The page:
Conspiracy theories surrounding Heywood's death

Angus Walker

Former ITV News Correspondent

British businessman Neil Heywood was found dead in his hotel room in China last year. Credit: Reuters

There is plenty more rumour about Bo Xilai, his wife and their relationship with the British businessman Neil Heywood.

For example, was Neil Heywood involved in siphoning millions of pounds out of the country on behalf of the Bo family? It is not unheard of for Chinese officials to use their positions to make vast fortunes from bribes and illicit property deals.

In its coverage of the scandal, state media has made a point of warning party officials not to be tempted into illegal financial schemes designed to shift ill gotten gains abroad.

One theory suggests Neil Heywood wanted a bigger cut and threatened to expose the Bo family money making machine. His threats of blackmail supposedly led to his death.

Another suggests, and I have mentioned this in previous posts, that the death of Neil Heywood from natural causes or not, has been used as a useful case by political enemies of Bo Xilai to frame him. Bo was a rising star and his high profile campaigning style had won him both praise and hatred.

MPs on the House of Commons Foreign Affairs Committee have formally asked William Hague to say whether Neil Heywood worked for MI6 or not. The suggestion being he was killed because he was a spook.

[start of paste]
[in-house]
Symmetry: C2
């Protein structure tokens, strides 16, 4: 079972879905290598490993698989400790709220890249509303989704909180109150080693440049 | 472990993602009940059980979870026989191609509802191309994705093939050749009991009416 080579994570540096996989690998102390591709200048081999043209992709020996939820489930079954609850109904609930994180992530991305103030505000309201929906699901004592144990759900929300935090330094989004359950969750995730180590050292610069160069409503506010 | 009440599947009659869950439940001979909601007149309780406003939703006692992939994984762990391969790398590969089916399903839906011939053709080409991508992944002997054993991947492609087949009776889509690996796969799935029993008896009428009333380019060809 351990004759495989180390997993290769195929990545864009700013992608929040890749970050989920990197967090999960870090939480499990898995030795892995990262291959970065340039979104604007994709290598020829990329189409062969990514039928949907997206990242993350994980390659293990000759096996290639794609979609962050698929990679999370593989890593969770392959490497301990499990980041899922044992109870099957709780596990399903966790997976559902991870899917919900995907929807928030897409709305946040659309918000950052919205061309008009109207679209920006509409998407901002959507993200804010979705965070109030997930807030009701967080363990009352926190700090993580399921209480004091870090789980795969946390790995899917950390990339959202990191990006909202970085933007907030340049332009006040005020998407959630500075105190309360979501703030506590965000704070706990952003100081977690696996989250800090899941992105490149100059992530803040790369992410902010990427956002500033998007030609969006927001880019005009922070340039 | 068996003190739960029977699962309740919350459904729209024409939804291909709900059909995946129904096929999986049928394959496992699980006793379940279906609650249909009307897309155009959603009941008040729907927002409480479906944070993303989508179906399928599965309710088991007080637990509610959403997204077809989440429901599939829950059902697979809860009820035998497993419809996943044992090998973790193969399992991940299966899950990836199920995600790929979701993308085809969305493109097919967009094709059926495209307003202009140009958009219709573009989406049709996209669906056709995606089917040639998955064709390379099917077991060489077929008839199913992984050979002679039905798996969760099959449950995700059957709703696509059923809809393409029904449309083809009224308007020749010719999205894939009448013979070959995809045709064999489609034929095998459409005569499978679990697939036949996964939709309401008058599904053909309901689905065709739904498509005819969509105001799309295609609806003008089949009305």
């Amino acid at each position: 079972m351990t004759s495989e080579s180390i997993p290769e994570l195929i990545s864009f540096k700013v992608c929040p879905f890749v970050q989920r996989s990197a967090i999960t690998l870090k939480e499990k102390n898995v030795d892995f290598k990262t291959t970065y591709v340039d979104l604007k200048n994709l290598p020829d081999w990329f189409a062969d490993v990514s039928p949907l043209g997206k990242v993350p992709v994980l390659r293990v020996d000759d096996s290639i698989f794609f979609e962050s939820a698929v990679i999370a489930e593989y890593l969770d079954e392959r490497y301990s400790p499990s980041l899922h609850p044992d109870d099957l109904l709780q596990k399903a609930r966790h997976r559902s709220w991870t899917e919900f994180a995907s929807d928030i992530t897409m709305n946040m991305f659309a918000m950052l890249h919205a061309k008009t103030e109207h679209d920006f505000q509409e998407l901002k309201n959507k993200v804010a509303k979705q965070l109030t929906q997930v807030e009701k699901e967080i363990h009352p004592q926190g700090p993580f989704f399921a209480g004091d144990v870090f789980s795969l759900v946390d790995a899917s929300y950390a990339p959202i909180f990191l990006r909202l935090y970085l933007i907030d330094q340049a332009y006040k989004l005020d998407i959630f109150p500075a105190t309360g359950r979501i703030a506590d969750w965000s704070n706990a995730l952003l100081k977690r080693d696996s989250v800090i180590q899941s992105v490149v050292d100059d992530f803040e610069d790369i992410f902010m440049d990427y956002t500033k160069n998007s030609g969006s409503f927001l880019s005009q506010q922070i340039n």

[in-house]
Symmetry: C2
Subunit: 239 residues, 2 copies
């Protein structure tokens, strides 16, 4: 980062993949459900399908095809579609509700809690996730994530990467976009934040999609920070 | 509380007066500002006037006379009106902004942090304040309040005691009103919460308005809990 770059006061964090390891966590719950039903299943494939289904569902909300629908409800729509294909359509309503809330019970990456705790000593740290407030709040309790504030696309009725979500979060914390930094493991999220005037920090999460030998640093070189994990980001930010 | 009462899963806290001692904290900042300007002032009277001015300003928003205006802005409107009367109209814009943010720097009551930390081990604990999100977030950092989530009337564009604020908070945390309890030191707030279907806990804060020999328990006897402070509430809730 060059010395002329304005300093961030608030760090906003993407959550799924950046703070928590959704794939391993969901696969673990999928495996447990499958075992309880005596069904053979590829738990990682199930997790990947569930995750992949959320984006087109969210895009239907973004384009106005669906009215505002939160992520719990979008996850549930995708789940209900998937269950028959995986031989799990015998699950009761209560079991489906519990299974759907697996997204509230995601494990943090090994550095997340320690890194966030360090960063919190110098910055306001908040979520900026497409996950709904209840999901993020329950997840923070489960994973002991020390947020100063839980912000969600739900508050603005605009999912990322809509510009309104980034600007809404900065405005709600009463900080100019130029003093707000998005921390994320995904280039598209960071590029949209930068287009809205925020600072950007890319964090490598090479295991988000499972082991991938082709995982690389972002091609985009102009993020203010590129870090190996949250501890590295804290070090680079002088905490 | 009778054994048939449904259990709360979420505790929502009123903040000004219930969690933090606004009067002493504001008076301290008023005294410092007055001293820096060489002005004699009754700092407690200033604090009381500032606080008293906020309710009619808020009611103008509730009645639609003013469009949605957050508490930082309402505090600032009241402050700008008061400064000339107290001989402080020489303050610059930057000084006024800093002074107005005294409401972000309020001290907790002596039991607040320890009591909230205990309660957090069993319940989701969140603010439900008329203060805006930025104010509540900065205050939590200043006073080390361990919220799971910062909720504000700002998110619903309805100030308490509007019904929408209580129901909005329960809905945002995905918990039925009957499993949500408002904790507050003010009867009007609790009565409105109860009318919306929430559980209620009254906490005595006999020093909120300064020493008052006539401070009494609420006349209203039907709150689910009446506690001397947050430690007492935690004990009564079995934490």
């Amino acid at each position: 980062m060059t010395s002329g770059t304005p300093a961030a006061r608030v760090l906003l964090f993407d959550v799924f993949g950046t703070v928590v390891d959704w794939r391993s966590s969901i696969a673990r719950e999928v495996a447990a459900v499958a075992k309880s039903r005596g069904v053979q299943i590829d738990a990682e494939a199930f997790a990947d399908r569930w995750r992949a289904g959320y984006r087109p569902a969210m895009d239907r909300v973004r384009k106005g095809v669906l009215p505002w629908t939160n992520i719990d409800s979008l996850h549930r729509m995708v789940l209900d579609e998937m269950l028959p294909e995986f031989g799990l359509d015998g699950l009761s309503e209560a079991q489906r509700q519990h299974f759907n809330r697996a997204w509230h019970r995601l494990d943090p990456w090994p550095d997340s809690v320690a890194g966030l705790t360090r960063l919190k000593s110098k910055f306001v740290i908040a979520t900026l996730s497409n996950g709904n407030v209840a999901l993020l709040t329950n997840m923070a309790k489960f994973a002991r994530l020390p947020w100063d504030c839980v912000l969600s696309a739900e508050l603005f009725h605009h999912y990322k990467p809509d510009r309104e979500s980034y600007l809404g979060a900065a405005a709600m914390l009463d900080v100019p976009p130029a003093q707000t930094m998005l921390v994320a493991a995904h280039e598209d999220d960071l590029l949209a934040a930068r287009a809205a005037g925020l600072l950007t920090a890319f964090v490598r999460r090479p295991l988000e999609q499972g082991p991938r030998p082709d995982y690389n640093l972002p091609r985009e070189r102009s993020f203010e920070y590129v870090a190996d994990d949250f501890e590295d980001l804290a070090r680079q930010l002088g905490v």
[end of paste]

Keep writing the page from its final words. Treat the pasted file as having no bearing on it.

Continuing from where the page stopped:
The week before last when I saw the Jaguar car Mr Heywood used to drive around Beijing with its 007 numberplate and Union Jack bumper sticker, I thought this is either the most blatant double bluff in the history of espionage or, more likely, British humour.

Yes, he was a spy in the sense that he was paid by Western clients to find out what was going on inside the sometimes shadowy world of Chinese corporations. Lots of firms employed him to do just that and rated his abilities.

The speculation that Neil Heywood was a victim of a much larger power struggle between Bo Xilai's ambitions for high office and those who opposed his rise is, perhaps tellingly, the only conspiracy theory being openly commented on by the secretive Chinese leadership.

Today an editorial in the English language China Daily insists the investigation into Bo Xilai's suspected corruption and his wife's alleged murder of Mr Heywood is just a criminal inquiry, being pursued according to the "country's sophisticated Criminal Code", and not a move by the leadership to frame a rival.

Bo Xilai and his wife Gu Kailai Credit: REUTERS

The writer says "Such conspiracy theories might make entertaining movies but these are real life investigations into corruption and murder."

However, one well placed source has suggested dozens of allies of Bo have been rounded up and are being held by the Party. That type of action would appear to be more like a purge of those who are linked politically to Bo Xilai rather than a widening criminal inquiry.